Skill Uncertainty and Social Inference
AbstractResearch in psychology indicates that individuals often make inferences regarding unknown individual qualities based on potentially irrelevant (but socially observable) information. This paper explores occupational choices when individuals receive imprecise signals regarding ability and use the observable characteristics of previously successful individuals to infer own ability. Individuals who fail to observe successful predecessors of their same type may underestimate their potential for success in the occupation. We discuss the role of these biases in light of the literature on affirmative action and firm incentives.
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Bibliographic InfoPaper provided by Institute for the Study of Labor (IZA) in its series IZA Discussion Papers with number 2567.
Length: 18 pages
Date of creation: Jan 2007
Date of revision:
Publication status: published in: Labour Economics, 2008, 15 (3), 422-427
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Other versions of this item:
- D63 - Microeconomics - - Welfare Economics - - - Equity, Justice, Inequality, and Other Normative Criteria and Measurement
- D83 - Microeconomics - - Information, Knowledge, and Uncertainty - - - Search, Learning, and Information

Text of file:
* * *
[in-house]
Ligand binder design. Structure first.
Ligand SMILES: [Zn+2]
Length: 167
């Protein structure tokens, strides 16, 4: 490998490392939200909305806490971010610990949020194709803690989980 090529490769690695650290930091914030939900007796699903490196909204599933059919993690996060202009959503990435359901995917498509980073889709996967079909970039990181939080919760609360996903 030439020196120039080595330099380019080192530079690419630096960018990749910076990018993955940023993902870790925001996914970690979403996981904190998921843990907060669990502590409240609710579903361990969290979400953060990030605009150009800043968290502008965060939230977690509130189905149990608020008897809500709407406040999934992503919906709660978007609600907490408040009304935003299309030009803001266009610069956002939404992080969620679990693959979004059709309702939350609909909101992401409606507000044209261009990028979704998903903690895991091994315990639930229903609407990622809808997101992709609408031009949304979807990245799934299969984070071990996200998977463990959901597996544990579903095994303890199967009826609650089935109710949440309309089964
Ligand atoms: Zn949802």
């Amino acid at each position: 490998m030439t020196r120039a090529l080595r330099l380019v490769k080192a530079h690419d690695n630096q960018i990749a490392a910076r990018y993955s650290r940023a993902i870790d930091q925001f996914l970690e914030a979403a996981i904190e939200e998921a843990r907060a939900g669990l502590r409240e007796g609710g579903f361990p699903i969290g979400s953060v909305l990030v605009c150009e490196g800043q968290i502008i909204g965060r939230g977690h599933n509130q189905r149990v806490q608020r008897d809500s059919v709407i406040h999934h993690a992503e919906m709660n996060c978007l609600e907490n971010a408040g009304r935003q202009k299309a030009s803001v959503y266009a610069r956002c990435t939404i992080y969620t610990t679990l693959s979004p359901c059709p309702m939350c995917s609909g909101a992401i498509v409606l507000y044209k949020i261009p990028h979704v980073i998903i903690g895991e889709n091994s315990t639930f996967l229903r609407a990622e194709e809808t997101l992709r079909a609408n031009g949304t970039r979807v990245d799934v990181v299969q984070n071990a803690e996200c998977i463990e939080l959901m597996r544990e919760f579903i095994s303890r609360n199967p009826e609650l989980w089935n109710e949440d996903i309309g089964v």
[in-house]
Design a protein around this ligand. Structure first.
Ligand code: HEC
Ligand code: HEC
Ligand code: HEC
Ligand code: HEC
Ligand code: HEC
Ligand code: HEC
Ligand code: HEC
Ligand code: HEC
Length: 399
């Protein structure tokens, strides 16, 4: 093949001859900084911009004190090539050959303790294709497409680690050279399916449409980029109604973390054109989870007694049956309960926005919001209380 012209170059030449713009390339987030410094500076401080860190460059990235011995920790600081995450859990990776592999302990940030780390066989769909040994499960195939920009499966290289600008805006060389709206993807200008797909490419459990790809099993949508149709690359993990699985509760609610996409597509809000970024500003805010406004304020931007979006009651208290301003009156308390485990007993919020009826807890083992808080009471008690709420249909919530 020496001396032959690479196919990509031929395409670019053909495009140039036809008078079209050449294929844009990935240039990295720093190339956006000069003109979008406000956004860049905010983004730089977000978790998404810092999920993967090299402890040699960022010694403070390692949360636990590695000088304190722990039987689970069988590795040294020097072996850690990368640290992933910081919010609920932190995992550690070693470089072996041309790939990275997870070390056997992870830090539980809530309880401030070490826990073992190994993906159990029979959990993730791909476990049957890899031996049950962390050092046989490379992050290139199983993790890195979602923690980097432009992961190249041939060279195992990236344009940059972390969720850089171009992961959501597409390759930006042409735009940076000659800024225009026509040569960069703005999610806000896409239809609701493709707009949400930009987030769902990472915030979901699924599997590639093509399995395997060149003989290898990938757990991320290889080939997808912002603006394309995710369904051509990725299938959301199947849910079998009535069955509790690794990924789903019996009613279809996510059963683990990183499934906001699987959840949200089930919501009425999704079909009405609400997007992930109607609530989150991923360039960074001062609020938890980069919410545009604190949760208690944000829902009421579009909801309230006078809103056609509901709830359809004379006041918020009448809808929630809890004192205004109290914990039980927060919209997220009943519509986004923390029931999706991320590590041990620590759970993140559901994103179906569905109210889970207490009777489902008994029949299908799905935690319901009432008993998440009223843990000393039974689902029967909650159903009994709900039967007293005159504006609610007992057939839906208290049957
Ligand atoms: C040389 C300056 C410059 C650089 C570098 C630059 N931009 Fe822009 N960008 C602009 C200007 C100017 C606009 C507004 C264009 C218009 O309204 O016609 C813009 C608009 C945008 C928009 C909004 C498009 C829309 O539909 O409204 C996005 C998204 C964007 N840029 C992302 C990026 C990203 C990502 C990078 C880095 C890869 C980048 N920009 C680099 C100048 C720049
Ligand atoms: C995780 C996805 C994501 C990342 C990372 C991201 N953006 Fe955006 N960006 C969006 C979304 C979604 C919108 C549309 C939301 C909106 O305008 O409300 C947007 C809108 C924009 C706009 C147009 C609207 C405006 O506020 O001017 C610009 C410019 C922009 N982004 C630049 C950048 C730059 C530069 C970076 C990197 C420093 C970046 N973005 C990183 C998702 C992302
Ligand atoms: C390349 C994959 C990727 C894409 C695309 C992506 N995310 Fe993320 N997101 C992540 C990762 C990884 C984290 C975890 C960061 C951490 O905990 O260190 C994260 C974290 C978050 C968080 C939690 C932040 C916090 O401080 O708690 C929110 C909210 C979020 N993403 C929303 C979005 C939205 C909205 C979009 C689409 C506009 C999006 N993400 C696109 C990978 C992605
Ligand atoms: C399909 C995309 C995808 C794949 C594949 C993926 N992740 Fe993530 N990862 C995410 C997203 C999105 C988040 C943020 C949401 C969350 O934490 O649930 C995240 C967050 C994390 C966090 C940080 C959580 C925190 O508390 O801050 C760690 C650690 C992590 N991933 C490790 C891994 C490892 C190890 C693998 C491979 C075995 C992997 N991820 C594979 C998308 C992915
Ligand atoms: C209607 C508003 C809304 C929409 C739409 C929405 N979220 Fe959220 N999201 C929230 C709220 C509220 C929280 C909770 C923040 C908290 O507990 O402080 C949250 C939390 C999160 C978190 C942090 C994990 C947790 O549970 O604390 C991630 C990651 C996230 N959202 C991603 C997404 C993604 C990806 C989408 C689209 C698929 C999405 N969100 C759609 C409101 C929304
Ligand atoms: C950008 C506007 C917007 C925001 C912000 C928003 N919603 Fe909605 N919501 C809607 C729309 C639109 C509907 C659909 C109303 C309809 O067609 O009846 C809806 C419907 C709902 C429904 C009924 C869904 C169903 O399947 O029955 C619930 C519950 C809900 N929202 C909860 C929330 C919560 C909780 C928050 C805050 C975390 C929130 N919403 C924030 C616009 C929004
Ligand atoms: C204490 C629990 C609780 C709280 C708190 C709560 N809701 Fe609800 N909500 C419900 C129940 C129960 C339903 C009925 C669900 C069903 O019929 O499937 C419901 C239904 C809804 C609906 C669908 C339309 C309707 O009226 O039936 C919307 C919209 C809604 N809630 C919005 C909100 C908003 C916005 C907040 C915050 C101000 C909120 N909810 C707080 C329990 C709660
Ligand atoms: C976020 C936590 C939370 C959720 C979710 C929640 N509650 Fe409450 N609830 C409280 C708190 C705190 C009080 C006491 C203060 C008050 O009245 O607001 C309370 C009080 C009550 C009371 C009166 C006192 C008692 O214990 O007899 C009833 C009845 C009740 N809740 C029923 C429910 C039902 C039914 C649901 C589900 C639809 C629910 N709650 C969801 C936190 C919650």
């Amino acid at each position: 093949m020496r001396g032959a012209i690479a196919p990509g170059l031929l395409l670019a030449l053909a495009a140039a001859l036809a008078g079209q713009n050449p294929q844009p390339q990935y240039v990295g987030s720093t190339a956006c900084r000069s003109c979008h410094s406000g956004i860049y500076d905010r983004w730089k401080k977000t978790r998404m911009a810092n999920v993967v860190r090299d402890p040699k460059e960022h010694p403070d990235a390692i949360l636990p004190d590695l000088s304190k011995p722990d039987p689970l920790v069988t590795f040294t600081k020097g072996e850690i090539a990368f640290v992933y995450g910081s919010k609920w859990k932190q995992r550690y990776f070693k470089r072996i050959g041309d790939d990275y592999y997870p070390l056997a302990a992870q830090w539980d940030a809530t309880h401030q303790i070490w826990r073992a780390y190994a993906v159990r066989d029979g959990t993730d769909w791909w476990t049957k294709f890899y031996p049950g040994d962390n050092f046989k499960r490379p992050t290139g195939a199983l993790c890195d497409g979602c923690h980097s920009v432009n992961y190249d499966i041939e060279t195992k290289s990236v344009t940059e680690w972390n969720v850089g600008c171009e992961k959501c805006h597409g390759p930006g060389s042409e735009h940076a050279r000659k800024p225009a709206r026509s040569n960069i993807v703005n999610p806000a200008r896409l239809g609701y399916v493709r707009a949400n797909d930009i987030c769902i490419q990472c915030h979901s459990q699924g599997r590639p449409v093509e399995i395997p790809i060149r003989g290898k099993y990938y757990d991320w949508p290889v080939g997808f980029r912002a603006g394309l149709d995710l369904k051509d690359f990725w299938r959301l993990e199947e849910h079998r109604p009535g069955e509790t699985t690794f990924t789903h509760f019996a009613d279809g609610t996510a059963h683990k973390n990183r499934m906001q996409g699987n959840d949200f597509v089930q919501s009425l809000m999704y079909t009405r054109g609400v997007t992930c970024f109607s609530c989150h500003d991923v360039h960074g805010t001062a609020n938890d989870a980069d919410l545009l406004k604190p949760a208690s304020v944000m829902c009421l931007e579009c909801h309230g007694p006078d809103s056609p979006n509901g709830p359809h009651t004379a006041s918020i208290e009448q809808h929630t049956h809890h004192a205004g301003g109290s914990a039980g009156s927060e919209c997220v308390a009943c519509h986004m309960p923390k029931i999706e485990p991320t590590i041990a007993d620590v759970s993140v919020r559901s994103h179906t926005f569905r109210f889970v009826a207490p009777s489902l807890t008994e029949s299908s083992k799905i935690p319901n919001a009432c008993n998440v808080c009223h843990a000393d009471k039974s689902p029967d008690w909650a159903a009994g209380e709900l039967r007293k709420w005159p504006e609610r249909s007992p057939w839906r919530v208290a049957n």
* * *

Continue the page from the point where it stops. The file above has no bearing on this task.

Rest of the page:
- J64 - Labor and Demographic Economics - - Mobility, Unemployment, Vacancies, and Immigrant Workers - - - Unemployment: Models, Duration, Incidence, and Job Search
- J70 - Labor and Demographic Economics - - Labor Discrimination - - - General
This paper has been announced in the following NEP Reports:
- NEP-ALL-2007-02-17 (All new papers)
- NEP-CBE-2007-02-17 (Cognitive & Behavioural Economics)
- NEP-SOC-2007-02-17 (Social Norms & Social Capital)
Please report citation or reference errors to , or , if you are the registered author of the cited work, log in to your RePEc Author Service profile, click on "citations" and make appropriate adjustments.:
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